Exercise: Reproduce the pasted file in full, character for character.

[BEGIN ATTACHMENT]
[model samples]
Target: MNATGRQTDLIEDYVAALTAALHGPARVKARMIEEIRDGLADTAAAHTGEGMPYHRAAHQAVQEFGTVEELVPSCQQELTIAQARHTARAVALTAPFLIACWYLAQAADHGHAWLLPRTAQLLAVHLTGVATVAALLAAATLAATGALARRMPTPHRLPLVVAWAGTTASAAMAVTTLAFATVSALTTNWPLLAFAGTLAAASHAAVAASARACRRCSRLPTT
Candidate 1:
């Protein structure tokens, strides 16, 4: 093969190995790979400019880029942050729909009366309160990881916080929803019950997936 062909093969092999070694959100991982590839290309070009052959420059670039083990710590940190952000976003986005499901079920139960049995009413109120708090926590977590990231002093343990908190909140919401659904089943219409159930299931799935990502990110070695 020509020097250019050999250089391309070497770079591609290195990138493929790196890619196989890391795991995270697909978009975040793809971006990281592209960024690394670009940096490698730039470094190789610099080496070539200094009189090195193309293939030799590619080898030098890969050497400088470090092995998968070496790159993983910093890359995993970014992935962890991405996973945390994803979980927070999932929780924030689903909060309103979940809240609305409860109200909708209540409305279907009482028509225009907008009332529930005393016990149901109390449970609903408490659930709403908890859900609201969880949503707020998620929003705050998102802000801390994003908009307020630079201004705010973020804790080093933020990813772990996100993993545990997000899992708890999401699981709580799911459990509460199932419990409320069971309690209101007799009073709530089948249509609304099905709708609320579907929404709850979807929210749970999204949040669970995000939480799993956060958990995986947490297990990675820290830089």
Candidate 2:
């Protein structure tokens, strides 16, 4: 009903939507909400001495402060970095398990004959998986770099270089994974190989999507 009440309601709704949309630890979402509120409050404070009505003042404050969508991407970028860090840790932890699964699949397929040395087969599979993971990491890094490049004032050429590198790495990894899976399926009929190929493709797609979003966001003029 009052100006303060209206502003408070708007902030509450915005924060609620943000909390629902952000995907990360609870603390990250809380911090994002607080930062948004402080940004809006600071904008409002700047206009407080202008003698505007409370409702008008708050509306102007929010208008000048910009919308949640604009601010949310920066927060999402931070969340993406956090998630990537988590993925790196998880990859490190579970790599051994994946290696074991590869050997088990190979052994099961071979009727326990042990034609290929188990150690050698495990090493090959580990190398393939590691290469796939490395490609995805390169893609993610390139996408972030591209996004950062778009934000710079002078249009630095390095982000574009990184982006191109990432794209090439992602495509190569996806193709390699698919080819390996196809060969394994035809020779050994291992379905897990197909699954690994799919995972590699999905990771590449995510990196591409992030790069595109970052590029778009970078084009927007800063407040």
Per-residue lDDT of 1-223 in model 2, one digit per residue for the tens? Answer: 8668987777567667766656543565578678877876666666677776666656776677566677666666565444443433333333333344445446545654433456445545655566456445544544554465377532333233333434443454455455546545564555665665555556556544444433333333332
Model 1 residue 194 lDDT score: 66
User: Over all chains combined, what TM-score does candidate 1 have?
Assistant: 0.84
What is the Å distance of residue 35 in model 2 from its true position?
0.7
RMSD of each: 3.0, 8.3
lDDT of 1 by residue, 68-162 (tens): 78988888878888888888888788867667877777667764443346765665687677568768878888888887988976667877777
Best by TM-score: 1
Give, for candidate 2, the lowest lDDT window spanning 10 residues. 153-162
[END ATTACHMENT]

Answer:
[model samples]
Target: MNATGRQTDLIEDYVAALTAALHGPARVKARMIEEIRDGLADTAAAHTGEGMPYHRAAHQAVQEFGTVEELVPSCQQELTIAQARHTARAVALTAPFLIACWYLAQAADHGHAWLLPRTAQLLAVHLTGVATVAALLAAATLAATGALARRMPTPHRLPLVVAWAGTTASAAMAVTTLAFATVSALTTNWPLLAFAGTLAAASHAAVAASARACRRCSRLPTT
Candidate 1:
């Protein structure tokens, strides 16, 4: 093969190995790979400019880029942050729909009366309160990881916080929803019950997936 062909093969092999070694959100991982590839290309070009052959420059670039083990710590940190952000976003986005499901079920139960049995009413109120708090926590977590990231002093343990908190909140919401659904089943219409159930299931799935990502990110070695 020509020097250019050999250089391309070497770079591609290195990138493929790196890619196989890391795991995270697909978009975040793809971006990281592209960024690394670009940096490698730039470094190789610099080496070539200094009189090195193309293939030799590619080898030098890969050497400088470090092995998968070496790159993983910093890359995993970014992935962890991405996973945390994803979980927070999932929780924030689903909060309103979940809240609305409860109200909708209540409305279907009482028509225009907008009332529930005393016990149901109390449970609903408490659930709403908890859900609201969880949503707020998620929003705050998102802000801390994003908009307020630079201004705010973020804790080093933020990813772990996100993993545990997000899992708890999401699981709580799911459990509460199932419990409320069971309690209101007799009073709530089948249509609304099905709708609320579907929404709850979807929210749970999204949040669970995000939480799993956060958990995986947490297990990675820290830089």
Candidate 2:
């Protein structure tokens, strides 16, 4: 009903939507909400001495402060970095398990004959998986770099270089994974190989999507 009440309601709704949309630890979402509120409050404070009505003042404050969508991407970028860090840790932890699964699949397929040395087969599979993971990491890094490049004032050429590198790495990894899976399926009929190929493709797609979003966001003029 009052100006303060209206502003408070708007902030509450915005924060609620943000909390629902952000995907990360609870603390990250809380911090994002607080930062948004402080940004809006600071904008409002700047206009407080202008003698505007409370409702008008708050509306102007929010208008000048910009919308949640604009601010949310920066927060999402931070969340993406956090998630990537988590993925790196998880990859490190579970790599051994994946290696074991590869050997088990190979052994099961071979009727326990042990034609290929188990150690050698495990090493090959580990190398393939590691290469796939490395490609995805390169893609993610390139996408972030591209996004950062778009934000710079002078249009630095390095982000574009990184982006191109990432794209090439992602495509190569996806193709390699698919080819390996196809060969394994035809020779050994291992379905897990197909699954690994799919995972590699999905990771590449995510990196591409992030790069595109970052590029778009970078084009927007800063407040």
Per-residue lDDT of 1-223 in model 2, one digit per residue for the tens? Answer: 8668987777567667766656543565578678877876666666677776666656776677566677666666565444443433333333333344445446545654433456445545655566456445544544554465377532333233333434443454455455546545564555665665555556556544444433333333332
Model 1 residue 194 lDDT score: 66
User: Over all chains combined, what TM-score does candidate 1 have?
Assistant: 0.84
What is the Å distance of residue 35 in model 2 from its true position?
0.7
RMSD of each: 3.0, 8.3
lDDT of 1 by residue, 68-162 (tens): 78988888878888888888888788867667877777667764443346765665687677568768878888888887988976667877777
Best by TM-score: 1
Give, for candidate 2, the lowest lDDT window spanning 10 residues. 153-162